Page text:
3. The Color Purple by Alice Walker – I read this a couple of years ago, and I actually read it to expand my reading of black literature, especially as I enjoyed Push by Sapphire, which was inspired by the book.  The story revolves around a young, uneducated black woman living in the Deep South in the 1930s, and her struggle for personal freedom. She is forcibly married to an older man, and eventually befriends and falls in love with his mistress, who helps her to achieve independence. It’s a very important book on many levels, and I especially wanted to include it because the LGBTQ+ movement should be as inclusive as possible, and too often PoC voices are sidelined.
  4. Wilfred Owen – Embarrassingly enough, I didn’t actually realise that Owen was gay until I came to write this article, but this was probably due to the fact that I have only read parts of his war poetry when I was studying A Level English Literature. I am not particularly interested in poetry, as evidenced by its lack on my Goodreads books and general commentaries. I understand and appreciate the complexity of poetry, but most of it isn’t for me. However, I absolutely adore Owen’s poems about WWI, particularly ‘Dulce Et Decorum Est’, as a rallying cry for the pacifist movement. His poetry is haunting, tender, and fiercely political, and his association with Siegfried Sassoon at a mental hospital for PTSD sufferers only makes me like him more.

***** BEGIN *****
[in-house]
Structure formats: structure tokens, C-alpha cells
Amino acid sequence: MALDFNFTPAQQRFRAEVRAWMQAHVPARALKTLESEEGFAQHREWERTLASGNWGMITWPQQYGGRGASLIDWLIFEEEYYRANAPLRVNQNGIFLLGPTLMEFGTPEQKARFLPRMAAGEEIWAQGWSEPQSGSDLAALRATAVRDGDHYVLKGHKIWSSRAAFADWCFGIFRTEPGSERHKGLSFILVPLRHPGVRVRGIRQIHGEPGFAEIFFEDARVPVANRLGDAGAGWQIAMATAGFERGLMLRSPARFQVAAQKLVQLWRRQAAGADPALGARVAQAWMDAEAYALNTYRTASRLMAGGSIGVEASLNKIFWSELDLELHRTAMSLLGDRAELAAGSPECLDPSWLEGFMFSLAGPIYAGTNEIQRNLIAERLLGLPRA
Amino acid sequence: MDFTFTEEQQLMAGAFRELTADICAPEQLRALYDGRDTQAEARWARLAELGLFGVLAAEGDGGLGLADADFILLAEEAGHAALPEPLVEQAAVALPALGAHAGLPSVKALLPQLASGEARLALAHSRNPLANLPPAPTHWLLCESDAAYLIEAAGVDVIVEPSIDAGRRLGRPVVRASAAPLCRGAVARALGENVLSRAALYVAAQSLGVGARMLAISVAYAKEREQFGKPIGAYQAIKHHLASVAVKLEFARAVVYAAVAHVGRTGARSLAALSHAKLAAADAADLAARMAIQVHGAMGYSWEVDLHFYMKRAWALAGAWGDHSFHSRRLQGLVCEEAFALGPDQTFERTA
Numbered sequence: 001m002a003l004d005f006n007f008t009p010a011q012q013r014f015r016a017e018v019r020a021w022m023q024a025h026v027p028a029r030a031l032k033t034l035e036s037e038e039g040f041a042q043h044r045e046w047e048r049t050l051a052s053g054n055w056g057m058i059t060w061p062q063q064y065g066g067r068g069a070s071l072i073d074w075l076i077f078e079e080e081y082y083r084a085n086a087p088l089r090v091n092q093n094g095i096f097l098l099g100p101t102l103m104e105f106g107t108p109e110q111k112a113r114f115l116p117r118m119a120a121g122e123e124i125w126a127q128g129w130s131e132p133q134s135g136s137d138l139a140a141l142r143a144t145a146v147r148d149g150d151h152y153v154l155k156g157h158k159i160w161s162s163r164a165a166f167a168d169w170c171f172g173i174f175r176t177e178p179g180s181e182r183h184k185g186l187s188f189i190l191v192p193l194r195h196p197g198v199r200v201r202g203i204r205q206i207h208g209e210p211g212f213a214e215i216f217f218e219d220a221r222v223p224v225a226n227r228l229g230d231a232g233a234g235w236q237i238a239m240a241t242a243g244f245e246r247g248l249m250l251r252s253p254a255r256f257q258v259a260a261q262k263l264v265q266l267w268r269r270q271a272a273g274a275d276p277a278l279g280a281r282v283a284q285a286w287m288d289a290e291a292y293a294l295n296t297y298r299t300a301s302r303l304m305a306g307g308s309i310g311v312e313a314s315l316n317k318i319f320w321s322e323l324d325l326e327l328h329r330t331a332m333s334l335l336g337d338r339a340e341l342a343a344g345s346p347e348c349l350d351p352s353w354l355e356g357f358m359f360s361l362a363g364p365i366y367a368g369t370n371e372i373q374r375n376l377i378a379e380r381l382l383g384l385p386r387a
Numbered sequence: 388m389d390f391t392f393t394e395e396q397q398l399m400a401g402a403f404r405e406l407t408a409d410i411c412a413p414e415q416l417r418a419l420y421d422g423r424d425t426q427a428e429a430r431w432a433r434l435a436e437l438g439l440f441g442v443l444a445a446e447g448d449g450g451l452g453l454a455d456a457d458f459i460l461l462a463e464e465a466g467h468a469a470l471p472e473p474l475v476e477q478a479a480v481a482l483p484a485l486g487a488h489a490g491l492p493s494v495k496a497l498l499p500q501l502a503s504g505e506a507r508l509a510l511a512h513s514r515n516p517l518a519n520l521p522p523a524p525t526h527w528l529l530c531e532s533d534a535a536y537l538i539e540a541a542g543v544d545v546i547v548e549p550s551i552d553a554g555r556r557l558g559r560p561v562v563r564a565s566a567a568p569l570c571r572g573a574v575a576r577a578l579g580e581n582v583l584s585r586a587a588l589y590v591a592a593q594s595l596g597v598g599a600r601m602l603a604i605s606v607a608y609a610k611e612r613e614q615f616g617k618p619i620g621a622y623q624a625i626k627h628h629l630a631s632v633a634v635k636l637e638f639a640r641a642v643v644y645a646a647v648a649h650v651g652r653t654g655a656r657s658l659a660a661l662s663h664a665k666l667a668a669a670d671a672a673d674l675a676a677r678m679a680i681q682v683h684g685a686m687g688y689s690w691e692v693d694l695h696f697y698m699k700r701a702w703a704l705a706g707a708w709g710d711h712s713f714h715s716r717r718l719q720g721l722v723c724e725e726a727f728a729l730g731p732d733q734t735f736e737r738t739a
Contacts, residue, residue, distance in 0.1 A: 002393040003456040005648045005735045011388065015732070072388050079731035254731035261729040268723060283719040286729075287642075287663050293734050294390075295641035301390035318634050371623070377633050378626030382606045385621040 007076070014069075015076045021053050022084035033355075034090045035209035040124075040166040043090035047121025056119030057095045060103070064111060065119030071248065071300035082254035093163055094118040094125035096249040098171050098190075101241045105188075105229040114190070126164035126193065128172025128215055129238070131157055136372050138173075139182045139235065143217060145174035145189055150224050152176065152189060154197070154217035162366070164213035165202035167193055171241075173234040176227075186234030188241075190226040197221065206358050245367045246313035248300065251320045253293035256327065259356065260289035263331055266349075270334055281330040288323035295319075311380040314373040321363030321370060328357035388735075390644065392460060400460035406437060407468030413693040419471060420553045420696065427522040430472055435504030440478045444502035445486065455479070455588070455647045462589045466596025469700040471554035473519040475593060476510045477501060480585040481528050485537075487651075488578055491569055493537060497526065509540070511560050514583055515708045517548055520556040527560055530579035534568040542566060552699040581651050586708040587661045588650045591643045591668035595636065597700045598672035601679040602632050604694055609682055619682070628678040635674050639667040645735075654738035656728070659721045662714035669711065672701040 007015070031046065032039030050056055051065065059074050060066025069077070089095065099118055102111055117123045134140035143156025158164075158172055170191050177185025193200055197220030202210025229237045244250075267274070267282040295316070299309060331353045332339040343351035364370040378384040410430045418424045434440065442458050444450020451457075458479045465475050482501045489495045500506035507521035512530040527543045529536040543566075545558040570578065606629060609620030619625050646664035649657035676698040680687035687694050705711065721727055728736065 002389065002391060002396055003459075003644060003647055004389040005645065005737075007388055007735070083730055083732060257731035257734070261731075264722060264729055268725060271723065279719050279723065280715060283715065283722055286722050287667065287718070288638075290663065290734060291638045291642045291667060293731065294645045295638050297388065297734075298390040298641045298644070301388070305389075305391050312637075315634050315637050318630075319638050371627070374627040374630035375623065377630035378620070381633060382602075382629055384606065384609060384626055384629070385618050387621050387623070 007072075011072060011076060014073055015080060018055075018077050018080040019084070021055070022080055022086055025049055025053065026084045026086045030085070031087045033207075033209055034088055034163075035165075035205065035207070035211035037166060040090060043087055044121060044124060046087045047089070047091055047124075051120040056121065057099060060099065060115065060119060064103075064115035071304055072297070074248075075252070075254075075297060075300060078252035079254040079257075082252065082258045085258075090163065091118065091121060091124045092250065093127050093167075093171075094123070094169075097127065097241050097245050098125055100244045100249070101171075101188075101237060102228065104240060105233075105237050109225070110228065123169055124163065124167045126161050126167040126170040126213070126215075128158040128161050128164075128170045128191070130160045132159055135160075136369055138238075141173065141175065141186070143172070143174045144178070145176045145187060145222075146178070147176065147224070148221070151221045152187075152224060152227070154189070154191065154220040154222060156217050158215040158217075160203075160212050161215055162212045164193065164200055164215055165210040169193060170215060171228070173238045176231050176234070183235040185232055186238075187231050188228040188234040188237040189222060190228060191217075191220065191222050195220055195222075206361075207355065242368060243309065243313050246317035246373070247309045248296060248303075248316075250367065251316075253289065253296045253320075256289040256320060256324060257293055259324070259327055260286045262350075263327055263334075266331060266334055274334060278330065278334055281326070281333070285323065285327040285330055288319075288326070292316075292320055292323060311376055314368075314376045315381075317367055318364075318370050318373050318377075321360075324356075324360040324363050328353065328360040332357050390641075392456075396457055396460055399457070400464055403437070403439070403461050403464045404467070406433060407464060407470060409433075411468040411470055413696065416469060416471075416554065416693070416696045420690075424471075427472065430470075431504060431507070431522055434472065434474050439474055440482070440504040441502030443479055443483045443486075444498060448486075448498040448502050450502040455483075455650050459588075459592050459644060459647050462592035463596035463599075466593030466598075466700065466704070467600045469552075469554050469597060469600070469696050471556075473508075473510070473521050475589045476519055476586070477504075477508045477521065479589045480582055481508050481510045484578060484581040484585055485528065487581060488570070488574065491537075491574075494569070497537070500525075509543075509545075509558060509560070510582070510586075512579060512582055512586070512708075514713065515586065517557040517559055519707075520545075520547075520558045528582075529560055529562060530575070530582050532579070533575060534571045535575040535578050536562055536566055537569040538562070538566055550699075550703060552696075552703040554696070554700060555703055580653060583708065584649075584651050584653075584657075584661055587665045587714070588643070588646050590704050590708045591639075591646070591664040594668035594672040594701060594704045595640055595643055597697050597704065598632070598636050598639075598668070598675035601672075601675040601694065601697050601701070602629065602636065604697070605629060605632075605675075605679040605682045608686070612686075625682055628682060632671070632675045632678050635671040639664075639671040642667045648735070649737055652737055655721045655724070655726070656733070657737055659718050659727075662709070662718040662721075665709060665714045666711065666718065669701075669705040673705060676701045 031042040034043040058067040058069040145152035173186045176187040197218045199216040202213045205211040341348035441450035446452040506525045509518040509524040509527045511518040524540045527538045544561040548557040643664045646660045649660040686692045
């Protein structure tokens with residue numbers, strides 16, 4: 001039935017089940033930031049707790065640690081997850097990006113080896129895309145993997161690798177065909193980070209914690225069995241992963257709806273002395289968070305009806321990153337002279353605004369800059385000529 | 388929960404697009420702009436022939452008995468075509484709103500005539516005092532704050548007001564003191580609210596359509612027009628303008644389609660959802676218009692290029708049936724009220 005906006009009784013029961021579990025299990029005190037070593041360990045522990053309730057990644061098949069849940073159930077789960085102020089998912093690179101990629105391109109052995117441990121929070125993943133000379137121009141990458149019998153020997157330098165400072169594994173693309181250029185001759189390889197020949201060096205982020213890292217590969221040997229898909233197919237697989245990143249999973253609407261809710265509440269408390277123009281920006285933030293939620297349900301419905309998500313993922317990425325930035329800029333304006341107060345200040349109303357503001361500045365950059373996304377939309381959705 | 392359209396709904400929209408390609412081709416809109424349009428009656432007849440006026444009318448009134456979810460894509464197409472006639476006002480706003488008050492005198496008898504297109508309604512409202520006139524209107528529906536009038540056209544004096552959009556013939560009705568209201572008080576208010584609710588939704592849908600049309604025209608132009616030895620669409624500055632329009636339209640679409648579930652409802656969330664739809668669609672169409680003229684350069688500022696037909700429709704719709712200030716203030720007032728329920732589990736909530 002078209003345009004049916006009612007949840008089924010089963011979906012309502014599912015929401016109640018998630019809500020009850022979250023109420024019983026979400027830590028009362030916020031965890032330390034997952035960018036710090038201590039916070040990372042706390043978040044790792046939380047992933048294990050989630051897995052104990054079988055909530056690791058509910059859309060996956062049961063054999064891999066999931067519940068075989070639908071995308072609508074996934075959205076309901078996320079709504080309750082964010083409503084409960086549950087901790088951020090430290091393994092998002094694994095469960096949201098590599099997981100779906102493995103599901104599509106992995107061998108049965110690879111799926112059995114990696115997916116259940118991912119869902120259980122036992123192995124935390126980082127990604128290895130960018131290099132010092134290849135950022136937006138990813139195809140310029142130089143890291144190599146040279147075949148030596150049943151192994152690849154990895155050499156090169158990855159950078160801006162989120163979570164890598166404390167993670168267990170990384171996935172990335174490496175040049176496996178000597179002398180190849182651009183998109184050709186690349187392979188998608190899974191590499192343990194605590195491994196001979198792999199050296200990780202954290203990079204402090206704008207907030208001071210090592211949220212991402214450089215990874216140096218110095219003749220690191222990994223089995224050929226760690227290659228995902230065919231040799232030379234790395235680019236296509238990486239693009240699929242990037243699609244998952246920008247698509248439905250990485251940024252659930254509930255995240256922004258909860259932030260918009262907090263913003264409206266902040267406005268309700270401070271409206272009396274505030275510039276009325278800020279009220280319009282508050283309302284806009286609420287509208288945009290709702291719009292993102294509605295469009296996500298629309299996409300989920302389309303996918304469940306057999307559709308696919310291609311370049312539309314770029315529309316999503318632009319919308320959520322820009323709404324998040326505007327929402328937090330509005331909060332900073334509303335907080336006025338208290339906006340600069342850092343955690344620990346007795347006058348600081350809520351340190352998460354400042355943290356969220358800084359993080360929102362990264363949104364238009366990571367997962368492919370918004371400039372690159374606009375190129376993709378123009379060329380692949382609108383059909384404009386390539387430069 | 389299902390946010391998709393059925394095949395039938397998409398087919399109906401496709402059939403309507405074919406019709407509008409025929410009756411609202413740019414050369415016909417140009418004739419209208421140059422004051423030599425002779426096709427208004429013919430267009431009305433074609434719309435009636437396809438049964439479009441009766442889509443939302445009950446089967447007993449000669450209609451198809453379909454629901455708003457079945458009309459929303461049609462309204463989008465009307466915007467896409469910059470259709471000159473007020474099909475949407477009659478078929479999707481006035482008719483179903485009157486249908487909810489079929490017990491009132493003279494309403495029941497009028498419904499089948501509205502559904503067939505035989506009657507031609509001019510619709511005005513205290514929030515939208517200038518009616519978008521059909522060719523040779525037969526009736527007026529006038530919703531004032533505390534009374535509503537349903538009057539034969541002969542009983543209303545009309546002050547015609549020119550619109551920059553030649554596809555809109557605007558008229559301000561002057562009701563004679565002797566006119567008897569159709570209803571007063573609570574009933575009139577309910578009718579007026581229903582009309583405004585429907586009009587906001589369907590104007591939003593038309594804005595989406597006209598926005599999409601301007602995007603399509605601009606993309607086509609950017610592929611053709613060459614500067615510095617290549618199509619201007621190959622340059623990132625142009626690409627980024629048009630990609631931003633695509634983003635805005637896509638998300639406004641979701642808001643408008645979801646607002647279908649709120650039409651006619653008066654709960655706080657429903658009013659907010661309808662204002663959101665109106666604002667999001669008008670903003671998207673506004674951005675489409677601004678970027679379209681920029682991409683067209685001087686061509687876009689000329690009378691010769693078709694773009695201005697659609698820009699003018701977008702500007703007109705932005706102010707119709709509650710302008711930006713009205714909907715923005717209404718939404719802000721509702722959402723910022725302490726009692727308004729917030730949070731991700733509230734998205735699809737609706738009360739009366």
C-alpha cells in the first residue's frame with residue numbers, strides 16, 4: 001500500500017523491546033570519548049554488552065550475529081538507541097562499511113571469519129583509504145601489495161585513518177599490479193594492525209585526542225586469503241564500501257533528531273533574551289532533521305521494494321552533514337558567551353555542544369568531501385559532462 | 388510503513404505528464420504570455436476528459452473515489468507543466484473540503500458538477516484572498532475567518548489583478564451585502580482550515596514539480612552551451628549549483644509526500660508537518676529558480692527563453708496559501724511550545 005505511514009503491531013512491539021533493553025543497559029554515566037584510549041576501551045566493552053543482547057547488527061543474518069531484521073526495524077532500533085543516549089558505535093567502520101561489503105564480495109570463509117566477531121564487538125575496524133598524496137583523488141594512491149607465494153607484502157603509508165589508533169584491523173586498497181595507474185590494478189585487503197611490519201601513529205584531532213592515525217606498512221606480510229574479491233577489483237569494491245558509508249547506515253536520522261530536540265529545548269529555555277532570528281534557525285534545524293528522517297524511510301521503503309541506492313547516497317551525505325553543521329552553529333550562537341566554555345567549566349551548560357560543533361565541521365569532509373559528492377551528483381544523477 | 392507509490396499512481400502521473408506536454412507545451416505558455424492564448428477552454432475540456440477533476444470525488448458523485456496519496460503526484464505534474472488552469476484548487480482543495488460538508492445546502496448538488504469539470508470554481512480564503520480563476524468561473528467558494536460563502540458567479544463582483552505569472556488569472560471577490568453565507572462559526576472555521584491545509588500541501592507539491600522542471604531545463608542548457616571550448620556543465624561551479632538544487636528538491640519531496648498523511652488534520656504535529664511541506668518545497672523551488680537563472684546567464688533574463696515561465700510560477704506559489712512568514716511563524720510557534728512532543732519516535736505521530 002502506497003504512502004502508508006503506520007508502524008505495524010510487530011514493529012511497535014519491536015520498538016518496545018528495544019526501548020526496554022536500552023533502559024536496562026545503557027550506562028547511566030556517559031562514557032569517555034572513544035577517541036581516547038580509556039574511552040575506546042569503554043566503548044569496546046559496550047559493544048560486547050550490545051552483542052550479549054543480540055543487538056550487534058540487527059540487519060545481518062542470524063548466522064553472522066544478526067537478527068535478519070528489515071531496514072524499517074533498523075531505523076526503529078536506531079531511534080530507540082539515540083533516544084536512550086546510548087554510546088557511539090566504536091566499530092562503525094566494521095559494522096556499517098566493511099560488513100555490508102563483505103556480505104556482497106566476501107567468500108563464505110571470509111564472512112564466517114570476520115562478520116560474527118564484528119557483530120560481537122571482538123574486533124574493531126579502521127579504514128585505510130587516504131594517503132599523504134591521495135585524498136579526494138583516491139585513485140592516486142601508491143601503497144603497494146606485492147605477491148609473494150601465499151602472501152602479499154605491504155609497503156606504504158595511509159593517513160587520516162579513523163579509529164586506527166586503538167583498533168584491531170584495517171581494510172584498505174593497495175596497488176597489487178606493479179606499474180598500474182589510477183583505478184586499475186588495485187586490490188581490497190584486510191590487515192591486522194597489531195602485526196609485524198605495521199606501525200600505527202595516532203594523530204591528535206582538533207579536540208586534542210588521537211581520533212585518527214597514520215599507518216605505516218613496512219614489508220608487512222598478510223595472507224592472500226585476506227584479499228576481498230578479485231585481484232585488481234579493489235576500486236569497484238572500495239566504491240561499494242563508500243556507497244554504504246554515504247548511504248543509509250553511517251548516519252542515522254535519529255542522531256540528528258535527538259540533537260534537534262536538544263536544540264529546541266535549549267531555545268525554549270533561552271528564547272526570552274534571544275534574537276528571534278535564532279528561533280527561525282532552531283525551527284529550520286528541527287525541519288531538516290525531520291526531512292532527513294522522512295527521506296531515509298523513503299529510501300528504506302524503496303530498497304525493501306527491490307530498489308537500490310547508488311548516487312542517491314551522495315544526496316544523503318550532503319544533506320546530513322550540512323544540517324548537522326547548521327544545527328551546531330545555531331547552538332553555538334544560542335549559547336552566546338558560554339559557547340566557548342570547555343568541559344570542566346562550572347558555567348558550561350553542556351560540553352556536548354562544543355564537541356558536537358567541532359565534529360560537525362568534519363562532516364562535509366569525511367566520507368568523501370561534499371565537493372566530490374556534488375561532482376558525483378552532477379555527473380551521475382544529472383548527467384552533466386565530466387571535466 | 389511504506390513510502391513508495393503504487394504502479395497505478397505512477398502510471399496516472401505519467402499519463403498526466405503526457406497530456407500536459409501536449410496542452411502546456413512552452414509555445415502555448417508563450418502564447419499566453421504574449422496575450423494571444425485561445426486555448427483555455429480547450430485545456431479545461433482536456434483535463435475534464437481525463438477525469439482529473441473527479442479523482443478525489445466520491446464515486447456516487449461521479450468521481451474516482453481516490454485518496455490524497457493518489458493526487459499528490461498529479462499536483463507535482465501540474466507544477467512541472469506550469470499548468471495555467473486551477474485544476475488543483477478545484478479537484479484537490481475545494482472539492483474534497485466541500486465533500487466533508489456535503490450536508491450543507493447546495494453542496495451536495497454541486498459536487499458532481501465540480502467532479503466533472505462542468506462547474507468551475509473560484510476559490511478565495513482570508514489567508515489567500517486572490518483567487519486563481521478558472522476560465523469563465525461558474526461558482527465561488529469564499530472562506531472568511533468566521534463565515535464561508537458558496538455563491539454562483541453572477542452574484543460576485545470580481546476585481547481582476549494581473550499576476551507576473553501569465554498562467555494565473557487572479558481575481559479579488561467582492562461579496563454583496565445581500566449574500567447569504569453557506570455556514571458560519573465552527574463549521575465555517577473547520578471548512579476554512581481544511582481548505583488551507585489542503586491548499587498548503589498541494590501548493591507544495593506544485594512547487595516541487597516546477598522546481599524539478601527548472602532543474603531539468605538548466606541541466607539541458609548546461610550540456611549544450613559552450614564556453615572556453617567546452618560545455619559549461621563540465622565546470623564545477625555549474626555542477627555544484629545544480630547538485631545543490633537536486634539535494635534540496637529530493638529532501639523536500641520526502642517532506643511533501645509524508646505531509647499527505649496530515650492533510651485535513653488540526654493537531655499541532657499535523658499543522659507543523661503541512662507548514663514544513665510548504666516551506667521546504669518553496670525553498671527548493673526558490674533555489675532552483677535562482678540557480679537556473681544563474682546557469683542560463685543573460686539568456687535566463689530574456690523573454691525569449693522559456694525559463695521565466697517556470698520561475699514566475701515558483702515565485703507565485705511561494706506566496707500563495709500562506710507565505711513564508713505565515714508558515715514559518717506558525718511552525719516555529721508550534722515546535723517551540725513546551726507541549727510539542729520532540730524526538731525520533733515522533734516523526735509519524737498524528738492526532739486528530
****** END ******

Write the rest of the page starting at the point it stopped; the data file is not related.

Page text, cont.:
5. Fingersmith by Sarah Waters – This could apply to a number of Waters’ books, of course, but I have only read Fingersmith, and I greatly enjoyed it. I actually read it a long time ago, as in, over ten years ago (oh dear God I feel old) when I was in Year Seven. Admittedly, I might have been a little young to read this at the age of twelve, but I was fairly well educated in terms of sex and relationships, and I was very interested in the book from both a romantic and historical perspective. I’m still a big fan of historical fiction, and I have fond memories of this book. It’s an excellent look at gender politics in the 19th Century, sexuality and pornography, and the dangers of being under a man’s control. It is also written in engaging prose that makes for an enjoyable, nuanced read.

  That’s my top 5 for this week! Please let me know if you have any suggestions for LGBTQ+ books to expand my repertoire, or would like to comment about anything in the article. I hope to write another post perhaps later this week, but I may not have time until the weekend. If anyone is still following this, welcome back – I’ll try to do better this time!